Oliver Jones (pianist)

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Oliver Jones
Birth name Oliver Theophilus Jones
Born (1934-09-11) September 11, 1934 (age 83)
Montreal, Quebec, Canada
Genres Jazz
Occupation(s) Musician, composer, arranger, educator
Instruments Piano
Years active 1940–present
Associated acts Charlie Biddle, Ranee Lee, Oscar Peterson, Herb Ellis, Ray Brown, Clark Terry

Oliver Theophilus Jones, OC CQ (born September 11, 1934 in Little Burgundy, Montreal, Quebec) is a Canadian jazz pianist, organist, composer and arranger.

Musical career[edit]

Born to Barbadian parents, Oliver Jones began his career as a pianist at the age of five, studying with Mme Bonner in Little Burgundy's Union United Church,[1] made famous by Trevor W. Payne's Montreal Jubilation Gospel Choir. He continued to develop his talent through his studies with Oscar Peterson's sister Daisy Peterson Sweeney starting at eight years old.[1] In addition to performing at Union United Church when he was a child, he also performed a solo novelty act at the Cafe St. Michel as well as other clubs and theaters in the Montreal area. "I had a trick piano act, dancing, doing the splits, playing from underneath the piano, or with a sheet over the keys."[2]

He started his early touring in Vermont and Quebec with a band called Bandwagon, and in 1953–63 played mainly in the Montreal area, with tours in Quebec.

From 1964 to 1980 Jones was music director for the Jamaican calypso singer Kenny Hamilton,[3] based out of Puerto Rico.

In late 1980 he teamed up with Montreal's Charlie Biddle, working in and around local clubs and hotel lounges in Montreal. Jones was resident pianist at Charlie Biddle's jazz club Biddles from 1981 to 1986. His first album, Live at Biddles recorded in 1983, was the first record on the Justin Time record label.

By the mid-1980s he was travelling throughout Canada, appearing at festivals, concerts and clubs, either as a solo artist or with a trio: Skip Bey, Bernard Primeau, and Archie Alleyne. His travels also took him to Europe during this period.

His tour of Nigeria was the subject of a 1990 National Film Board of Canada documentary, Oliver Jones in Africa.[4] His music also appears in the NFB animated short film, Black Soul. In 2011 he was one of the big names on the line up of the P.E.I. Jazz and Blues Festival at Charlottetown.[5] Jones was headliner for the Jazz Sudbury Festival 2013, held from Sept. 6-8, 2013.[6]


He taught music at Laurentian University in 1987, and in 1988 he taught music at McGill University in Montreal[7]

In 2009, Jones mentored jazz artist Dione Taylor through the Governor General's Performing Arts Awards (GGPAA) Mentorship Program. The program pairs a mid-career artist with a past GGPAA recipient. The two artists work together to learn and grow from each other's experiences.[8]

Awards and nominations[edit]

In October 1993, Jones was named as an Officer of the Order of Canada.[9]

In 1994 Jones was bestowed the National Order of Québec, with the rank of Chevalier (Knight).[10]

Jones received the Governor General's Performing Arts Award in 2005, Canada's highest honour in the performing arts.[11]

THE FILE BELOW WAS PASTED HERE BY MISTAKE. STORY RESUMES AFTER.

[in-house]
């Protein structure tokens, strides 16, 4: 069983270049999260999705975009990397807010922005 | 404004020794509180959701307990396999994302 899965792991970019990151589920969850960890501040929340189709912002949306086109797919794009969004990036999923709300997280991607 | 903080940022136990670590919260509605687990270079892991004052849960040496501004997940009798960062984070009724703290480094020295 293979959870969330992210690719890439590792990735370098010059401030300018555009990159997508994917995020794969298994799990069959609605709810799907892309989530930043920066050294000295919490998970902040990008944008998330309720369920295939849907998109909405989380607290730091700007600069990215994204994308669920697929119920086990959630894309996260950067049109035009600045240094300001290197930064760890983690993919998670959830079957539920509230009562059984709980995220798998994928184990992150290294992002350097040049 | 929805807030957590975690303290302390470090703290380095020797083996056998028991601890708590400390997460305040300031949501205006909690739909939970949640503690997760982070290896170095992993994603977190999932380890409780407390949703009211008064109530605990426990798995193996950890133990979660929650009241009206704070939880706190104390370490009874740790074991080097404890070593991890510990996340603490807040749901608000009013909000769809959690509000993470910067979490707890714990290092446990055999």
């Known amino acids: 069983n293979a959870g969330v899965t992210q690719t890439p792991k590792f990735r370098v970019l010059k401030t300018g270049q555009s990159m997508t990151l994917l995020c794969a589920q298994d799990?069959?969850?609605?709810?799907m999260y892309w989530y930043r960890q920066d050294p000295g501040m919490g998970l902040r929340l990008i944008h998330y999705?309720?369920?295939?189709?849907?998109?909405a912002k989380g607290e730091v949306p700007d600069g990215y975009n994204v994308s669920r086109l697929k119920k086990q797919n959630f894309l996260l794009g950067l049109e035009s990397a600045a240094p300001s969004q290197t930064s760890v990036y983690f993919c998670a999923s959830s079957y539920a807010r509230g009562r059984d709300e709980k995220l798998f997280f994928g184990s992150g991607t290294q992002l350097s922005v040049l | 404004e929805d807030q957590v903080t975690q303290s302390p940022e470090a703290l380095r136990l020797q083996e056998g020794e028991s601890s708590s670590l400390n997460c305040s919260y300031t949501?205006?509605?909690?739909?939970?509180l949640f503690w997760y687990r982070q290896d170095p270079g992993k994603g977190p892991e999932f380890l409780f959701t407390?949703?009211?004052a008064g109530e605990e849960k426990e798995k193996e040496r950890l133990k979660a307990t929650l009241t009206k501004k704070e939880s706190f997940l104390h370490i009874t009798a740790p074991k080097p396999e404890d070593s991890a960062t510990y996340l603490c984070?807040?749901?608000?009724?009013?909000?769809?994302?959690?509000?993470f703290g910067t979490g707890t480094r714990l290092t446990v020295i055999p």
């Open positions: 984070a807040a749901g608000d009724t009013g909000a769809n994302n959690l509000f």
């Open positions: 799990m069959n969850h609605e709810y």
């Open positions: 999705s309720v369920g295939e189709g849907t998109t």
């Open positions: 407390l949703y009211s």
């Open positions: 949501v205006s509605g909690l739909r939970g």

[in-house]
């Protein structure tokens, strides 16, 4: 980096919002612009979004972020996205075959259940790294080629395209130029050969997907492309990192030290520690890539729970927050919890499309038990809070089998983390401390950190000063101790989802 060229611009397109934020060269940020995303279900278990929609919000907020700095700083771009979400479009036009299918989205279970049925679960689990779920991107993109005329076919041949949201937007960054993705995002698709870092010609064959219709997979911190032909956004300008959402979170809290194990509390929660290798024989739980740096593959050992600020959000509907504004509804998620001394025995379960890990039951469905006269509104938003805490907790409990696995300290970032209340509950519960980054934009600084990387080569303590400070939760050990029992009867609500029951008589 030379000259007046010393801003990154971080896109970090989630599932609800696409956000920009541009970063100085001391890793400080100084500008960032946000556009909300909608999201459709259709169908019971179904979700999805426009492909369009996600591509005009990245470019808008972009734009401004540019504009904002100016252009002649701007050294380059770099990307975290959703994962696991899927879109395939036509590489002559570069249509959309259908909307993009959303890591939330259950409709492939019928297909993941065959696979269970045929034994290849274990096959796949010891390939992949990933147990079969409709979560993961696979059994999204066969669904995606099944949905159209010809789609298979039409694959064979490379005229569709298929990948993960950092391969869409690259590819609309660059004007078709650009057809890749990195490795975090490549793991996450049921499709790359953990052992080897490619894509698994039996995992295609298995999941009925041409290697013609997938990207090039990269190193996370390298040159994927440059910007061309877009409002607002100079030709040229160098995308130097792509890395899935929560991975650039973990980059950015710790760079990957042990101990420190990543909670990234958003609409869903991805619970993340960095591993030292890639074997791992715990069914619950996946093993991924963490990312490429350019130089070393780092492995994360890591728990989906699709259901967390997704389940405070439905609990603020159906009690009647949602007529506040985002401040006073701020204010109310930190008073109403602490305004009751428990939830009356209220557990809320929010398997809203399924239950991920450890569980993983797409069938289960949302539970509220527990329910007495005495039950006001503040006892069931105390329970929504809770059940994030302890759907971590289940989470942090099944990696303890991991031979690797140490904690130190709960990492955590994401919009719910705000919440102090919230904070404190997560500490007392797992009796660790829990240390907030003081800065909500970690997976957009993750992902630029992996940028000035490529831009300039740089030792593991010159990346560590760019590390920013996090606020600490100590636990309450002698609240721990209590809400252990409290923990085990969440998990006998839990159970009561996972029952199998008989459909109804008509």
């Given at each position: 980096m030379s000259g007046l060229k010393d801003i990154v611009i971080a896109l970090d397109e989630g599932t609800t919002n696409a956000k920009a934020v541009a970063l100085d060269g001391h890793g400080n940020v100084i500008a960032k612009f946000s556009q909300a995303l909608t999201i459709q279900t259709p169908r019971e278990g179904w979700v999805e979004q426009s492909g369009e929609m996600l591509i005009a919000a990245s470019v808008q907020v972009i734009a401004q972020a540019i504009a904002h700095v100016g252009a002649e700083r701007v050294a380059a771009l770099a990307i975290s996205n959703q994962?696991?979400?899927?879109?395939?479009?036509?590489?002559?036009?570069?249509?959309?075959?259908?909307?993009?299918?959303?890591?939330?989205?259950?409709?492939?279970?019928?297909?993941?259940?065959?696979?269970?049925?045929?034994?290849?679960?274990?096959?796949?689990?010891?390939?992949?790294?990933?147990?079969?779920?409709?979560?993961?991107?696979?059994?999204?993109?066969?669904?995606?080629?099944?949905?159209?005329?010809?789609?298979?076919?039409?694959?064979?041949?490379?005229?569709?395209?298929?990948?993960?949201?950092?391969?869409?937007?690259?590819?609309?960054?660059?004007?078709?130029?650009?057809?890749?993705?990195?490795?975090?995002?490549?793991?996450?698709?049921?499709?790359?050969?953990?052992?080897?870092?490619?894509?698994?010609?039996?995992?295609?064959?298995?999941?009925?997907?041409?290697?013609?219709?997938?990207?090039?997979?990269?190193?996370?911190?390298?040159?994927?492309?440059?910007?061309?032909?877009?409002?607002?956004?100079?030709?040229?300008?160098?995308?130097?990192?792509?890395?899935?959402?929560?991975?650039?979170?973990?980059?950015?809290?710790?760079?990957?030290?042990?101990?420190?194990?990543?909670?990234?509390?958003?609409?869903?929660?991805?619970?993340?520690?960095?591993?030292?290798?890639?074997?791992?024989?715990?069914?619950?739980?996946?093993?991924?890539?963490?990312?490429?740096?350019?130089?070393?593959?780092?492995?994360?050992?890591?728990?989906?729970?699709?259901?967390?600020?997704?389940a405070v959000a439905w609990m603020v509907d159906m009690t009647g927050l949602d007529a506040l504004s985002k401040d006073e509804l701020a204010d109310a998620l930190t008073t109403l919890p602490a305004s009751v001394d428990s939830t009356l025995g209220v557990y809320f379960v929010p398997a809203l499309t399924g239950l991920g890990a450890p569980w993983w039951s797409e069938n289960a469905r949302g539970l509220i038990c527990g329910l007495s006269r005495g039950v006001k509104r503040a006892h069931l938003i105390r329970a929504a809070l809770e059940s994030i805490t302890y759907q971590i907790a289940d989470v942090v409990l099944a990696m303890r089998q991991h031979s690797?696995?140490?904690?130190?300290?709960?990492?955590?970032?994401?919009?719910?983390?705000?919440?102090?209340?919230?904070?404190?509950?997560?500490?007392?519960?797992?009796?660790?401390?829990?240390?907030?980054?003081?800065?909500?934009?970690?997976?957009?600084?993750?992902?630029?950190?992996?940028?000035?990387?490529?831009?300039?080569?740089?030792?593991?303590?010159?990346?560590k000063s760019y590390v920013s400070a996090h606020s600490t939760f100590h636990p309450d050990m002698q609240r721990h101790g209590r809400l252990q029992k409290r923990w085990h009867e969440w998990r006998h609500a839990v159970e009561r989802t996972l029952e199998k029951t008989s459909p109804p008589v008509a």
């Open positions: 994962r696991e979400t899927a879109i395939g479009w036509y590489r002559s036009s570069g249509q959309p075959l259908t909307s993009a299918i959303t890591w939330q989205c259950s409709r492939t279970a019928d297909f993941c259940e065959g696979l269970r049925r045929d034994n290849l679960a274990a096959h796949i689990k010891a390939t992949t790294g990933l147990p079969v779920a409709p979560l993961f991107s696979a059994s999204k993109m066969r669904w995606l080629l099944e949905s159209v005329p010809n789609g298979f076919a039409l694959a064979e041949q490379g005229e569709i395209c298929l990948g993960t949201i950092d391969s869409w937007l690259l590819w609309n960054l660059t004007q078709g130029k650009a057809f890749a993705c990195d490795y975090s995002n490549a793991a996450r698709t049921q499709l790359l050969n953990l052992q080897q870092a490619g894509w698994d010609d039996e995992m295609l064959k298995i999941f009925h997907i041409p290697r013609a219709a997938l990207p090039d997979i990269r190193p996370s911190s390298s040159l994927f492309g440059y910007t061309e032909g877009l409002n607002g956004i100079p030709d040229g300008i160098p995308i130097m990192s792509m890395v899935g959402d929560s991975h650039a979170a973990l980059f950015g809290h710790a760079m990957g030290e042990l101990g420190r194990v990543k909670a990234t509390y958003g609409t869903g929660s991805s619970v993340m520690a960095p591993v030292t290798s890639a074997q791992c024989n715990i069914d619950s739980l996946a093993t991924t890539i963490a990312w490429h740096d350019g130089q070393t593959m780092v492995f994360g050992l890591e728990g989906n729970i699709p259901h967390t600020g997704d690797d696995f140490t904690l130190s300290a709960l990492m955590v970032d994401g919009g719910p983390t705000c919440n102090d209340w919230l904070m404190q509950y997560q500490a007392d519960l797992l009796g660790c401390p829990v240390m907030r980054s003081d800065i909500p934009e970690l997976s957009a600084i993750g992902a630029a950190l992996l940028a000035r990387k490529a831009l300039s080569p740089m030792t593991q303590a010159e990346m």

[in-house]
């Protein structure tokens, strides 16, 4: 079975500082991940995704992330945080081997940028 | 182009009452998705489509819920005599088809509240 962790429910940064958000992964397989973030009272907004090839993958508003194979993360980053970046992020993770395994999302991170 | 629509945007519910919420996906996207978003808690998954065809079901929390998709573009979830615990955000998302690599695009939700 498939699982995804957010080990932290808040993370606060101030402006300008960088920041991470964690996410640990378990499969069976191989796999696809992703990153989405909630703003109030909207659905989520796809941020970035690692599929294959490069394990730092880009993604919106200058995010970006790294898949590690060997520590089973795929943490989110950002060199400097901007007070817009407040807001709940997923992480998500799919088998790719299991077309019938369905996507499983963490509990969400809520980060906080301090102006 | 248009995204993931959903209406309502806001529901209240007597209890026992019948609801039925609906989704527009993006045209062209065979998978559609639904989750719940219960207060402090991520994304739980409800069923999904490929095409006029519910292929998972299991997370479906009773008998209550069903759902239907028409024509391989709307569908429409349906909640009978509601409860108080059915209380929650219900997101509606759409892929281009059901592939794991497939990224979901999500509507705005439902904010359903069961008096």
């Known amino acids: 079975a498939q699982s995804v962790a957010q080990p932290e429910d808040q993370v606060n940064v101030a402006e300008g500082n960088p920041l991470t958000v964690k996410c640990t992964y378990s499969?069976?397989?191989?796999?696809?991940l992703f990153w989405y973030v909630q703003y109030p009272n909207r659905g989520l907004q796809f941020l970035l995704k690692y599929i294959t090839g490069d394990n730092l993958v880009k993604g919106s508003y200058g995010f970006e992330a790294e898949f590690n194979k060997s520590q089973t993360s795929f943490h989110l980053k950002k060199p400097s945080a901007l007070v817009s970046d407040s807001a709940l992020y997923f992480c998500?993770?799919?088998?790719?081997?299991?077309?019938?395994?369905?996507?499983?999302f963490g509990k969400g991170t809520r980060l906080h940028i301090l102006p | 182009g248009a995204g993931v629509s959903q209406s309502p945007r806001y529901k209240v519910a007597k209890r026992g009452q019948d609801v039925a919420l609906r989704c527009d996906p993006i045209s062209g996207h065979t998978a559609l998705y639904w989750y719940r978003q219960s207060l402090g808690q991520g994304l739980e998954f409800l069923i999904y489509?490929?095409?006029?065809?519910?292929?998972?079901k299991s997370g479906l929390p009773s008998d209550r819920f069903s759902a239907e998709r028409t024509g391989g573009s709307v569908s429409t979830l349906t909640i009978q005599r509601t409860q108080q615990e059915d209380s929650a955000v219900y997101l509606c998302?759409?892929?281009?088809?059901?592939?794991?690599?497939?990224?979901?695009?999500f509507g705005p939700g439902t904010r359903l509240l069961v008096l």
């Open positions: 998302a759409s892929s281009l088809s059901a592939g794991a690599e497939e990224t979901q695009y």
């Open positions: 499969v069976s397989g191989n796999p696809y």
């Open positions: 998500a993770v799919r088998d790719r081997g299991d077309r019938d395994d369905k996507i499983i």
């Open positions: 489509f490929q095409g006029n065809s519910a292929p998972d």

In 1986 Jones won a Juno Award for his album titled Lights of Burgundy, and again in 2009 for Second Time around. He has been nominated 9 other times, the most recent being in 2012, with his album Live in Baden.[12]

Jones has been a multiple recipient of the Félix Award, receiving his first one for his 1989 album Just Friends, and then wins in 1994, 2007 and 2008.[3]

Jones was voted keyboardist of the year, from the National Jazz Awards in 2006.[3]

In 1990 Oliver became the second recipient of the Oscar Peterson Award after Oscar himself. It is presented by the Montreal International Jazz Festival, recognizing a performer's musicianship and for exceptional contribution to the development of Canadian jazz.[13]

In 1999, Jones was awarded the Special Achievement Award at the SOCAN Awards in Toronto.[14]


  • Live at Biddle's Jazz & Ribs 1983
  • The Many Moods of Oliver Jones 1984
  • Lights of Burgundy 1985
  • FIJM 1985
  • Speak Low, Swing Hard 1985
  • Requestfully Yours 1985
  • Cookin' at Sweet Basil 1987
  • Just Friends 1989
  • Northern Summit 1990
  • A Class Act 1991
  • Just 88 1993
  • Yuletide Swing 1994
  • From Lush to Lively 1995
  • Have Fingers Will Travel 1997
  • Just In Time 1998
  • Then And Now 2002
  • Just You,Just Me 2004
  • One More Time 2006
  • Second Time Around 2008
  • Pleased to Meet You 2009
  • A Celebration In Time 2010
  • Live In Baden Switzerland 2011
  • Just For My Lady 2013


  1. ^ a b Miller, Mark (2001). The Miller Companion to Jazz in Canada. Toronto: The Mercury Press. p. 106. ISBN 1-55 128-093-0. 
  2. ^ Miller, Mark (1987). Boogie, Pete and the Senator - Canadian Musicians in Jazz:The Eighties. Toronto: Nightwood Editions. p. 153. ISBN 0-88971-112-7. 
  3. ^ a b c "Oliver Jones". The Canadian Encyclopedia. Retrieved March 8, 2015. 
  4. ^ NFB Web page for Oliver Jones in Africa
  5. ^ "P.E.I. Jazz and Blues Festival schedule". P.E.I. Jazz and Blues Festival. Retrieved August 10, 2011. 
  6. ^ "Oliver Jones to headline fest". Sudbury Star. June 14, 2013. Retrieved February 9, 2015. 
  7. ^ Sansregret, Marthe (2006). 'Oliver Jones: The Musician, the Man'. XYZ Publishing. ISBN 978-1-894852-22-7. 
  8. ^ "Mentorship Program". Governor General's Performing Arts Awards Foundation. Retrieved 7 February 2015. 
  9. ^ "Oliver Jones". Governor General of Canada. Retrieved March 9, 2015. 
  10. ^ "Ordre National du Québec - Oliver Jones". Retrieved March 10, 2015. 
  11. ^ "Oliver Jones biography". Governor General's Performing Arts Awards Foundation. Retrieved 6 February 2015. 
  12. ^ "Juno Awards - Artist Summary". Retrieved March 8, 2015. 
  13. ^ "Prix Oscar Peterson". Retrieved March 10, 2015. 
  14. ^ http://www.socan.ca/about/awards/1999-socan-awards

External links[edit]